Ten years ago, the Regional Emergency Dispatch (R.E.D.) Center in Northbrook, Illinois installed a section of steel beam from the World Trade Center as a memorial to those killed on 9/11 in New York City, Washington D.C., and in Somerset County, Pennsylvania. The installation outside the R.E.D. also commemorates those first responders killed when the WTC towers collapsed during rescue efforts. For me, this small memorial in rural Illinois unites the constellation of losses that occurred on 9/11 and the way the collective experience of that day impacted every community across our nation.
Americans in every state posted American flags outside businesses and homes. So many people purchased flags that stores sold out of them within days, and fabric stores experienced a run on any red/white/blue materials and ribbons they had. Instinctively, Americans everywhere were drawn to a symbol of national identity and unity in a time of national trauma and grief. Many young Americans representing our diverse communities enlisted in the armed forces as services were deployed to Afghanistan. The trauma and grief continued to ripple through the costs of lives and impact on our veterans over the twenty years that followed. Their service was not in vain and their accomplishments are far greater than most of us will ever know. The witness of their dedication compels us to elect civilian leaders worthy of their trust and who are committed to reasonable civil discourse, responsible global partnerships, and serving the needs of the oppressed for the greater wellbeing, peace, and freedom of all people.
9/11 was more than a moment in history or a day in time – it continues to resonate within a cultural reform movement shaping a new American identity. We continue to be challenged to move from national isolationism to global connection at every level of our society; from teaching the myth of American exceptionalism to teaching the truths about how our nation was built and by whom, removing the cracked varnish of racism to reveal the genuine beauty of strength in the patterned, colored grain beneath; from enriching the privileged few through the bloody contracts of war and capitalism to providing the opportunity for life, liberty, and happiness to all who come to our boarders seeking refuge and freedom from violence.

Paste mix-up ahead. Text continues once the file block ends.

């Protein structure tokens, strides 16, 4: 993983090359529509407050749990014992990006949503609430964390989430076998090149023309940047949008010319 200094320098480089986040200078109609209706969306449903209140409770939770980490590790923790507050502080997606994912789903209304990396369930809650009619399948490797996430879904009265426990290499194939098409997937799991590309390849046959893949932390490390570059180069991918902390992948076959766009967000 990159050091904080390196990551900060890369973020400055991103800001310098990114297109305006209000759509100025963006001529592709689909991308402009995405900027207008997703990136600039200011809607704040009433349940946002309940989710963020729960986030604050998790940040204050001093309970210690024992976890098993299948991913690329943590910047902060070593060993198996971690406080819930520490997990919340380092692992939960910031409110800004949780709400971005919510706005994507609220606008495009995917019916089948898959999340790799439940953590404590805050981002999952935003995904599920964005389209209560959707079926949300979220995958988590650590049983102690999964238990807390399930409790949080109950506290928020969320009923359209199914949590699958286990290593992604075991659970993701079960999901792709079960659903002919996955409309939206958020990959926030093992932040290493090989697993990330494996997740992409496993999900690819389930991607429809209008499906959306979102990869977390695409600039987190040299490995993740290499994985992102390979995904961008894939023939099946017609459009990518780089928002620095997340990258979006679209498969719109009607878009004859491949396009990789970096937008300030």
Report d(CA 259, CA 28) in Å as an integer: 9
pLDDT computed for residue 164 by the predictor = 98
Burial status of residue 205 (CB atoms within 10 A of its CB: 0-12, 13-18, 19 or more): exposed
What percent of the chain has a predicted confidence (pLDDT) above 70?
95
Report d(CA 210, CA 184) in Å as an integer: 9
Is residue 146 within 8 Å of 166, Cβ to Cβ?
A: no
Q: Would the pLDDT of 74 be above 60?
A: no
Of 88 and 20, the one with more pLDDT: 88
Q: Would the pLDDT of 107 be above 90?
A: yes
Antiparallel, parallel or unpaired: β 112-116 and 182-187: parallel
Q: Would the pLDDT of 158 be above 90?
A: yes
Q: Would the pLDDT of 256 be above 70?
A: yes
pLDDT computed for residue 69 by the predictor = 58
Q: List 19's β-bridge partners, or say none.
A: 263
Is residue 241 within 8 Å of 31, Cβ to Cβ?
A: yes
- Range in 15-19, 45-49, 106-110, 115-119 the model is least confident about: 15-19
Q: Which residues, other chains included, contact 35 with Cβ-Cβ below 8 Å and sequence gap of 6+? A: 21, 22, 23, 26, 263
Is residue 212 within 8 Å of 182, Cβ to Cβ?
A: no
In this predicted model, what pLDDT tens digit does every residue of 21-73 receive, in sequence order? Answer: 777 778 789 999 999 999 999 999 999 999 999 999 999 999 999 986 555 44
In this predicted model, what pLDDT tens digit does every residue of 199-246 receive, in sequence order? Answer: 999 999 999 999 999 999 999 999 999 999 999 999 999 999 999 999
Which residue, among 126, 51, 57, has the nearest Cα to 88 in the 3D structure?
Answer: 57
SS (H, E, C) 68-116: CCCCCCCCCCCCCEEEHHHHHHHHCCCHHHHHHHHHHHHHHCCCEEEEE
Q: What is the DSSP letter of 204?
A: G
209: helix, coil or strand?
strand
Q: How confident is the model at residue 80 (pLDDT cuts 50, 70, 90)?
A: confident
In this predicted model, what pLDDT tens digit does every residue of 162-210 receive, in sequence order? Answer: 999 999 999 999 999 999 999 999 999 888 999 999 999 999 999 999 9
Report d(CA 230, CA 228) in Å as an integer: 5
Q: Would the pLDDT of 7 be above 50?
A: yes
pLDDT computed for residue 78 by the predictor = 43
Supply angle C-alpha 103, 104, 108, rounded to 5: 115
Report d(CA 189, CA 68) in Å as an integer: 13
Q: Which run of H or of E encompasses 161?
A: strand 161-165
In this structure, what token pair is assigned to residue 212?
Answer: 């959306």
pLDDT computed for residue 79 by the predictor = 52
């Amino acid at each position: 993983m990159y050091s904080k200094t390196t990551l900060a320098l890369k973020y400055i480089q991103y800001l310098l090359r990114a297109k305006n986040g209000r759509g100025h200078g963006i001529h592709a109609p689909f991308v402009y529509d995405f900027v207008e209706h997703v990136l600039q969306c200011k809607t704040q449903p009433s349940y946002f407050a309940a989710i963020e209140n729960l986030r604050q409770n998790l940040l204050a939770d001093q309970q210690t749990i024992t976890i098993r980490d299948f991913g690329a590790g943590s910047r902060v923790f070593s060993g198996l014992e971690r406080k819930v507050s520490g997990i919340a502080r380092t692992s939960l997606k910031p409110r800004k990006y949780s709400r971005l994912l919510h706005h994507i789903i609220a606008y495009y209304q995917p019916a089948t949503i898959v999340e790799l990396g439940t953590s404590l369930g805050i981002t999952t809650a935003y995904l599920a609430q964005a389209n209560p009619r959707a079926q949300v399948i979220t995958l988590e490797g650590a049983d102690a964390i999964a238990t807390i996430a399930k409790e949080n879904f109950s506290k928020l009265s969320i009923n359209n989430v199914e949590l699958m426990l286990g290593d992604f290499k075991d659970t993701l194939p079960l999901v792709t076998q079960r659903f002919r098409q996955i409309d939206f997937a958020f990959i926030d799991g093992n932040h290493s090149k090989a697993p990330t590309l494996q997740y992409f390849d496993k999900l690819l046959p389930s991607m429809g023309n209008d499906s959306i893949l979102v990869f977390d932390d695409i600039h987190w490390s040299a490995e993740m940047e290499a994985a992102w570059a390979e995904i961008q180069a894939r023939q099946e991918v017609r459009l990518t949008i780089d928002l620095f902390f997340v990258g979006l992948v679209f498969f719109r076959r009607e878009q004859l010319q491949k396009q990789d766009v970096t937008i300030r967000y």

9/11 will and must remain with us always, with its generational lessons of courage, commitment, enduring love, humility, generosity, interdependence, and human dignity. As a country, we are still rising from the ashes. Every day and in every moment, we are confronted with choices to either fan the smoldering ruins of hatred or to love our neighbor.
The American flag doesn’t belong to the white Christian supremacists who stormed our nation’s capital on January 6, 2021, who even used that flag to beat a Capitol Police officer defending our national leaders. I’m fairly certain domestic terrorists don’t even understand the ideals and history of the diverse peoples the American flag represents. Who we are, what America is, is ours to determine and to be in each and every moment. Today, on this 20th Anniversary of 9/11, I choose to live in ways that best honor the diversity of those who died that day and those who died in the twenty years of war that followed. I will live courageously, thankfully, humbly, generously, authentically, truthfully, helpfully, and never ever forget that the American experiment is my responsibility to preserve and reform as a citizen of this nation.